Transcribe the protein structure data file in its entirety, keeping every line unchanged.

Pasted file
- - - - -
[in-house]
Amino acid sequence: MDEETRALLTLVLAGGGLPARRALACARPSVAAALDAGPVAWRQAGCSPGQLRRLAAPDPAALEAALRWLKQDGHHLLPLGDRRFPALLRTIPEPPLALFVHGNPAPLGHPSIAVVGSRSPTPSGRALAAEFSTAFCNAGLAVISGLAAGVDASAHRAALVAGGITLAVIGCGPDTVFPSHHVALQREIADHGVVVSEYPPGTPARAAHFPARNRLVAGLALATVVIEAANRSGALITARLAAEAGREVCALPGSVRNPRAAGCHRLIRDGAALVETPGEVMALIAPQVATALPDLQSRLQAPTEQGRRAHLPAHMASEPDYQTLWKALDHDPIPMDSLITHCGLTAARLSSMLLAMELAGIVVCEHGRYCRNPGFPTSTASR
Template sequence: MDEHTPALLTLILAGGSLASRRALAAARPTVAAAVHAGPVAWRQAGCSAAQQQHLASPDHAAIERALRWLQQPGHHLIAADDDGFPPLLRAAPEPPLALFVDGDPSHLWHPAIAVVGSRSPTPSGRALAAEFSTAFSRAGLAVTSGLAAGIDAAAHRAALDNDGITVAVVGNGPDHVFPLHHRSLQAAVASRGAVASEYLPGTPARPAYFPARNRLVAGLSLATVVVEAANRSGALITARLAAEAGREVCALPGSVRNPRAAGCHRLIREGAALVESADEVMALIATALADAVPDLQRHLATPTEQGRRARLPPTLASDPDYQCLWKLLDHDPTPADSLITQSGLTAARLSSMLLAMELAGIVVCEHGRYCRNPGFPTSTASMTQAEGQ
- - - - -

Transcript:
[in-house]
Amino acid sequence: MDEETRALLTLVLAGGGLPARRALACARPSVAAALDAGPVAWRQAGCSPGQLRRLAAPDPAALEAALRWLKQDGHHLLPLGDRRFPALLRTIPEPPLALFVHGNPAPLGHPSIAVVGSRSPTPSGRALAAEFSTAFCNAGLAVISGLAAGVDASAHRAALVAGGITLAVIGCGPDTVFPSHHVALQREIADHGVVVSEYPPGTPARAAHFPARNRLVAGLALATVVIEAANRSGALITARLAAEAGREVCALPGSVRNPRAAGCHRLIRDGAALVETPGEVMALIAPQVATALPDLQSRLQAPTEQGRRAHLPAHMASEPDYQTLWKALDHDPIPMDSLITHCGLTAARLSSMLLAMELAGIVVCEHGRYCRNPGFPTSTASR
Template sequence: MDEHTPALLTLILAGGSLASRRALAAARPTVAAAVHAGPVAWRQAGCSAAQQQHLASPDHAAIERALRWLQQPGHHLIAADDDGFPPLLRAAPEPPLALFVDGDPSHLWHPAIAVVGSRSPTPSGRALAAEFSTAFSRAGLAVTSGLAAGIDAAAHRAALDNDGITVAVVGNGPDHVFPLHHRSLQAAVASRGAVASEYLPGTPARPAYFPARNRLVAGLSLATVVVEAANRSGALITARLAAEAGREVCALPGSVRNPRAAGCHRLIREGAALVESADEVMALIATALADAVPDLQRHLATPTEQGRRARLPPTLASDPDYQCLWKLLDHDPTPADSLITQSGLTAARLSSMLLAMELAGIVVCEHGRYCRNPGFPTSTASMTQAEGQ